"Smart Growth is not the cause of high housing costs or affordable housing shortages."
-National Neighborhood Coalition

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xBuilding a Community for All People
A mixture of housing options, attractive public areas, streets friendly to walkers and bicyclists, and a mixture of available amenities provides a better community than commercial strips and parking lots.

Team for Fairness: Fight Sprawl and Protect Affordable Housing
Instead of building more big houses in inaccessible sprawling suburbs, communities should revisit the affordable housing possibilities in the urban core. Fixing up abandoned or vacant buildings can provide housing for lower income families. Revitalizing already-used land reduces the need to sprawl onto farms or wetlands and uses compact growth to stop sprawl. Urban neighborhoods were often designed for pedestrian use, so residents won't have to rely on cars to get to jobs or shopping. Redevelopment in cities uses existing resources rather than forcing taxpayers to subsidize the building of new roads or sewer lines. Smart Growth provides housing and transportation choices and limits the costs of sprawl. When citizens combat sprawl and the affordable housing shortage together, they preserve the character of their communities.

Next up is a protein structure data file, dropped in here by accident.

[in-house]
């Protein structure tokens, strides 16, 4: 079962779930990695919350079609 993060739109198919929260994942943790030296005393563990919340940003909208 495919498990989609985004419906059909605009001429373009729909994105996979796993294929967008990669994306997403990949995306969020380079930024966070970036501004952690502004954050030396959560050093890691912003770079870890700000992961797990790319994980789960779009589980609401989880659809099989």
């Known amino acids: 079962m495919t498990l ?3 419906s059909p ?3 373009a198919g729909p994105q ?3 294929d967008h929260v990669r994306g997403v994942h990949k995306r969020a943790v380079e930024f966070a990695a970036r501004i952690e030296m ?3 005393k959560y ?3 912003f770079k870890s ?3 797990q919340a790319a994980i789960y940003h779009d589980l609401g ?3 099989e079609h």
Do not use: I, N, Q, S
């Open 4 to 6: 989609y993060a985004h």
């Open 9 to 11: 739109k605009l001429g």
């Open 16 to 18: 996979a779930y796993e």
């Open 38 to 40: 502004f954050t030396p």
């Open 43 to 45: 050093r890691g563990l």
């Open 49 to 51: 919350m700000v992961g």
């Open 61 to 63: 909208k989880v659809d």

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"Affordable housing can reduce traffic and improve regional growth. Affordable housing must be a part of any smart growth agenda."
Source: SprawlWatch: "Affordable Housing."

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Spotlight on Transportation: The Location Efficient Mortgage